Kenny Dalglish MBE – Legendary Liverpool Player and Manager. Entertaing After-Dinner Speaker.
There can only ever be one King and the man who’s earned the right to take his place on the Anfield throne is the one and only Kenny Dalglish. Regarded by the majority of Liverpudlians as the club’s greatest ever player, his all round stunning brilliance has been deemed to have shaken the Kop more than anyone else.
Born in Glasgow, March 1951, Kenny Dalglish played in the Scottish International Under 15’s team, before signing for Celtic in 1967, making his first team appearance in September 1968, and becoming the team’s captain in 1975.
Dalglish had been a full Scotland International for 6 years by the time he decided to leave Celtic in 1977. After 269 appearances, and 167 goals for the Hoops, Kenny moved to Bob Paisley’s Liverpool for a record £440,000 transfer fee.
When he joined the club it was hard to see how Liverpool could top their first European Cup triumph of the previous season, but with the highly influential Dalglish in the team the next 13 years were to bring a succession of untold riches.
The Scotland international was brought in to replace the recently departed ‘Kop idol’ Kevin Keegan, who’d moved to Hamburg earlier that summer. If any player could step into Keegan’s boots it was Dalglish, and fears some Liverpudlians may have harboured over their new purchase were quickly laid to rest.
Dalglish scored within seven minutes of his league debut for Liverpool, against Middlesborough at Ayresome Park, and was followed by scoring again within the first minute on his first appearance at Anfield three days later as Newcastle were beaten 2-0.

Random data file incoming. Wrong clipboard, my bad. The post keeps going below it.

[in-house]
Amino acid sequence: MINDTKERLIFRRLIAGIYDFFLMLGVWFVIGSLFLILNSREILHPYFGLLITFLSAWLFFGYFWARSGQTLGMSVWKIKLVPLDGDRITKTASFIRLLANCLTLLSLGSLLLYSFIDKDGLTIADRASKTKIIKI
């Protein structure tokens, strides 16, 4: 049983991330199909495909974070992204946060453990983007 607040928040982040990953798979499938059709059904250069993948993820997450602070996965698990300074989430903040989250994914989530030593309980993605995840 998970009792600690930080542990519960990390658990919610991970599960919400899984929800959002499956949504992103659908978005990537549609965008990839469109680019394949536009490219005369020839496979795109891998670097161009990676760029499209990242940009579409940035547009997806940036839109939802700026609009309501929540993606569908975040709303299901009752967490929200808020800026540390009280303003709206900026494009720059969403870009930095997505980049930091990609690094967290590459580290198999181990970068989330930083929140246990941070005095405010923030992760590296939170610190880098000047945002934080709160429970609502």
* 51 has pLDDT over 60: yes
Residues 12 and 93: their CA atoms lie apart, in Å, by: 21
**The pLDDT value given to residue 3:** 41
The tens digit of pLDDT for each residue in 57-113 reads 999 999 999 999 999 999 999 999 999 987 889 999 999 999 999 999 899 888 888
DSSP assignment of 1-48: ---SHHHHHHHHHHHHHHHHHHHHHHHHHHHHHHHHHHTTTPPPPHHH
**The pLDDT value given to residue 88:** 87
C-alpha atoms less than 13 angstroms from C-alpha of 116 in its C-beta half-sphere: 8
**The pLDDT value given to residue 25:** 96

At the end of his first season, Dalglish had played 62 times scoring 31 goals. These included the winning goal in the 1978 European Cup Final at Wembley against FC Bruges. He went on to become arguably the most influential member of the most successful club team in English football history, winning further League Championships and European Cups in a period stretching to the late 1980s.
During the 70’s and 80’s Dalglish played for Scotland in both the 1978 and 1982 FIFA World Cups. In total, he played 102 times for Scotland (a national record) and scored 30 goals (also a national record, shared with Denis Law).
His supreme individual ability was recognised by the Football Writer’s of England who voted Kenny their ‘Footballer of the Year’ in 1979 and 1983.
In the aftermath of the Heysel Stadium disaster 1985, and in the wake of the resignation of Manager Joe Fagan, Dalglish was a surprising, but popular appointment as Liverpool’s player/manager.
As manager, Kenny guided the team to the club’s first ever ‘double’ in 85/86, clinching a coveted League and FA Cup double, with Dalglish scoring the goal that secured the title.
What Dalglish went on to achieve as Liverpool manager cemented his legendary status, but he did more than enough during his playing career to be rightfully hailed as the greatest player in Liverpool history.
In 1991, Kenny moved to Blackburn Rovers whom he led into the English Premier League. After winning the Premiership, Dalglish became Blackburn’s Director of Football, before heading to Newcastle United in 1997 replacing the departing Kevin Keegan as Manager.
He guided the Magpies to the thirteenth spot in the Premiership in his first season, before he was appointed as Director of Football at Celtic.
In February 2000, Kenny Dalglish was appointed caretaker manager at Celtic until the end of the season, he guided the club to the Scottish League Cup Final where they beat Aberdeen 2-0 at Hampden Park. He left the club shortly after, paving the way for Martin O’Neill.
In 2011, Kenny returned to the Kop as Liverpool’s manager.